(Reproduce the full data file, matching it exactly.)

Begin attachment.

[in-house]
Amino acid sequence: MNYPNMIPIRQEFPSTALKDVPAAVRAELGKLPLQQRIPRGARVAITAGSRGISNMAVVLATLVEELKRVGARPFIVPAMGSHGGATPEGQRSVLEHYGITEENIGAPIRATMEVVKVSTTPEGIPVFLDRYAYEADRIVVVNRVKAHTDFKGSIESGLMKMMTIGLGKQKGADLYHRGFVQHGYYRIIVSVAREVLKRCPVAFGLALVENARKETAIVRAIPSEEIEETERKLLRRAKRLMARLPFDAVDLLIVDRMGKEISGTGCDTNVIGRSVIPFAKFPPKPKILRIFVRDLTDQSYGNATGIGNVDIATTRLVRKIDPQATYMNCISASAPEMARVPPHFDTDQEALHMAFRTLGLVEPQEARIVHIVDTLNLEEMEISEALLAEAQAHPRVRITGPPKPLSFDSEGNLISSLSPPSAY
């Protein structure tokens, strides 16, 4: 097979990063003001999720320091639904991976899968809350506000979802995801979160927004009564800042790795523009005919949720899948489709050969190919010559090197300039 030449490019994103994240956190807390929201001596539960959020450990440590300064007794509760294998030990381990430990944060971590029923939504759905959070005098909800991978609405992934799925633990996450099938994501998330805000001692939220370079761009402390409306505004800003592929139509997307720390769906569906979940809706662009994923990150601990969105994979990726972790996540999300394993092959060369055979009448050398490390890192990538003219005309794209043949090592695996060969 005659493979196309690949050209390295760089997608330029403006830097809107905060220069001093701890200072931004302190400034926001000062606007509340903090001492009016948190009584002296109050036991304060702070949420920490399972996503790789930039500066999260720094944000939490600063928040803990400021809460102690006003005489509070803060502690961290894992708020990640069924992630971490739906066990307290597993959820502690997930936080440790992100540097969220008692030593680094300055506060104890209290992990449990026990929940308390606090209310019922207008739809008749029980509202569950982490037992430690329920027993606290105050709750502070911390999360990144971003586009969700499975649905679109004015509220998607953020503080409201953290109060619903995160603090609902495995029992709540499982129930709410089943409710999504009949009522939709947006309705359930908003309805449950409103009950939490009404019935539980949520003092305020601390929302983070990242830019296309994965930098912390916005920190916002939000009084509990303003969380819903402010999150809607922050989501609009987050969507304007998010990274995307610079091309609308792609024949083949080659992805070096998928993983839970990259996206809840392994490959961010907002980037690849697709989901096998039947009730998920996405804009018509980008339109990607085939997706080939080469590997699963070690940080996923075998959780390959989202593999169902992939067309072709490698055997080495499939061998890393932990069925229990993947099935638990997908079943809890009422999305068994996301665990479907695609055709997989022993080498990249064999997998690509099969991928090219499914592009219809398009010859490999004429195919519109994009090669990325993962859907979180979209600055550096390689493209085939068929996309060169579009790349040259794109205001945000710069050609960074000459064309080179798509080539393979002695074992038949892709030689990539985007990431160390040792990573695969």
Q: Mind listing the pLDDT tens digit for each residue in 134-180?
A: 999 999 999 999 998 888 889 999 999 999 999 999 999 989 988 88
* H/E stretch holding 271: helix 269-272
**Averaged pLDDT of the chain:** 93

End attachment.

[in-house]
Amino acid sequence: MNYPNMIPIRQEFPSTALKDVPAAVRAELGKLPLQQRIPRGARVAITAGSRGISNMAVVLATLVEELKRVGARPFIVPAMGSHGGATPEGQRSVLEHYGITEENIGAPIRATMEVVKVSTTPEGIPVFLDRYAYEADRIVVVNRVKAHTDFKGSIESGLMKMMTIGLGKQKGADLYHRGFVQHGYYRIIVSVAREVLKRCPVAFGLALVENARKETAIVRAIPSEEIEETERKLLRRAKRLMARLPFDAVDLLIVDRMGKEISGTGCDTNVIGRSVIPFAKFPPKPKILRIFVRDLTDQSYGNATGIGNVDIATTRLVRKIDPQATYMNCISASAPEMARVPPHFDTDQEALHMAFRTLGLVEPQEARIVHIVDTLNLEEMEISEALLAEAQAHPRVRITGPPKPLSFDSEGNLISSLSPPSAY
């Protein structure tokens, strides 16, 4: 097979990063003001999720320091639904991976899968809350506000979802995801979160927004009564800042790795523009005919949720899948489709050969190919010559090197300039 030449490019994103994240956190807390929201001596539960959020450990440590300064007794509760294998030990381990430990944060971590029923939504759905959070005098909800991978609405992934799925633990996450099938994501998330805000001692939220370079761009402390409306505004800003592929139509997307720390769906569906979940809706662009994923990150601990969105994979990726972790996540999300394993092959060369055979009448050398490390890192990538003219005309794209043949090592695996060969 005659493979196309690949050209390295760089997608330029403006830097809107905060220069001093701890200072931004302190400034926001000062606007509340903090001492009016948190009584002296109050036991304060702070949420920490399972996503790789930039500066999260720094944000939490600063928040803990400021809460102690006003005489509070803060502690961290894992708020990640069924992630971490739906066990307290597993959820502690997930936080440790992100540097969220008692030593680094300055506060104890209290992990449990026990929940308390606090209310019922207008739809008749029980509202569950982490037992430690329920027993606290105050709750502070911390999360990144971003586009969700499975649905679109004015509220998607953020503080409201953290109060619903995160603090609902495995029992709540499982129930709410089943409710999504009949009522939709947006309705359930908003309805449950409103009950939490009404019935539980949520003092305020601390929302983070990242830019296309994965930098912390916005920190916002939000009084509990303003969380819903402010999150809607922050989501609009987050969507304007998010990274995307610079091309609308792609024949083949080659992805070096998928993983839970990259996206809840392994490959961010907002980037690849697709989901096998039947009730998920996405804009018509980008339109990607085939997706080939080469590997699963070690940080996923075998959780390959989202593999169902992939067309072709490698055997080495499939061998890393932990069925229990993947099935638990997908079943809890009422999305068994996301665990479907695609055709997989022993080498990249064999997998690509099969991928090219499914592009219809398009010859490999004429195919519109994009090669990325993962859907979180979209600055550096390689493209085939068929996309060169579009790349040259794109205001945000710069050609960074000459064309080179798509080539393979002695074992038949892709030689990539985007990431160390040792990573695969």
Q: Mind listing the pLDDT tens digit for each residue in 134-180?
A: 999 999 999 999 998 888 889 999 999 999 999 999 999 989 988 88
* H/E stretch holding 271: helix 269-272
**Averaged pLDDT of the chain:** 93